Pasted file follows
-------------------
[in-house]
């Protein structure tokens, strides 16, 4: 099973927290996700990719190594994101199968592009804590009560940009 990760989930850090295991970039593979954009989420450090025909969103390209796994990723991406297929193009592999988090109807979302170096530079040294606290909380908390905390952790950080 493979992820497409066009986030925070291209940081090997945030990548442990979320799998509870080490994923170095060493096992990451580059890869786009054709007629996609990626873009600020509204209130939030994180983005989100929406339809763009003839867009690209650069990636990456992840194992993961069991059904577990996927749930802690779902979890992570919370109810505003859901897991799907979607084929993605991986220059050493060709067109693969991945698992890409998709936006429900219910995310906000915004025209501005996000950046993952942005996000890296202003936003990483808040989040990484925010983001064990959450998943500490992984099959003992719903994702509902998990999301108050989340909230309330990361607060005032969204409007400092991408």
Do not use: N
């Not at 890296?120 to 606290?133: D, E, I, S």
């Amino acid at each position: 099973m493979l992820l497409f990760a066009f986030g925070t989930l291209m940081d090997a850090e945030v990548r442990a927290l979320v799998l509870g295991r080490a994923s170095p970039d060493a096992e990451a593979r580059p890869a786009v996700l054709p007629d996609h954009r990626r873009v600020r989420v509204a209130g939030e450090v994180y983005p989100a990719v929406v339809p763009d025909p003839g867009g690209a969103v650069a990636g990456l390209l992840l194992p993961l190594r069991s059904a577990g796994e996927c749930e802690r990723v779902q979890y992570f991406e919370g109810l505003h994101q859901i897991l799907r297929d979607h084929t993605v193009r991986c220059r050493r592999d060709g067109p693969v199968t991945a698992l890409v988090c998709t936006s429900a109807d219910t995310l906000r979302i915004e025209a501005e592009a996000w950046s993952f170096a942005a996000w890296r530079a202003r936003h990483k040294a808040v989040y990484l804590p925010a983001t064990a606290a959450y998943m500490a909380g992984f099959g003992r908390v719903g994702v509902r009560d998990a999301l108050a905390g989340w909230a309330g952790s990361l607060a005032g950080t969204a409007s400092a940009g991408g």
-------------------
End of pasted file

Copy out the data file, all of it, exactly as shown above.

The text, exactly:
[in-house]
């Protein structure tokens, strides 16, 4: 099973927290996700990719190594994101199968592009804590009560940009 990760989930850090295991970039593979954009989420450090025909969103390209796994990723991406297929193009592999988090109807979302170096530079040294606290909380908390905390952790950080 493979992820497409066009986030925070291209940081090997945030990548442990979320799998509870080490994923170095060493096992990451580059890869786009054709007629996609990626873009600020509204209130939030994180983005989100929406339809763009003839867009690209650069990636990456992840194992993961069991059904577990996927749930802690779902979890992570919370109810505003859901897991799907979607084929993605991986220059050493060709067109693969991945698992890409998709936006429900219910995310906000915004025209501005996000950046993952942005996000890296202003936003990483808040989040990484925010983001064990959450998943500490992984099959003992719903994702509902998990999301108050989340909230309330990361607060005032969204409007400092991408």
Do not use: N
């Not at 890296?120 to 606290?133: D, E, I, S």
């Amino acid at each position: 099973m493979l992820l497409f990760a066009f986030g925070t989930l291209m940081d090997a850090e945030v990548r442990a927290l979320v799998l509870g295991r080490a994923s170095p970039d060493a096992e990451a593979r580059p890869a786009v996700l054709p007629d996609h954009r990626r873009v600020r989420v509204a209130g939030e450090v994180y983005p989100a990719v929406v339809p763009d025909p003839g867009g690209a969103v650069a990636g990456l390209l992840l194992p993961l190594r069991s059904a577990g796994e996927c749930e802690r990723v779902q979890y992570f991406e919370g109810l505003h994101q859901i897991l799907r297929d979607h084929t993605v193009r991986c220059r050493r592999d060709g067109p693969v199968t991945a698992l890409v988090c998709t936006s429900a109807d219910t995310l906000r979302i915004e025209a501005e592009a996000w950046s993952f170096a942005a996000w890296r530079a202003r936003h990483k040294a808040v989040y990484l804590p925010a983001t064990a606290a959450y998943m500490a909380g992984f099959g003992r908390v719903g994702v509902r009560d998990a999301l108050a905390g989340w909230a309330g952790s990361l607060a005032g950080t969204a409007s400092a940009g991408g």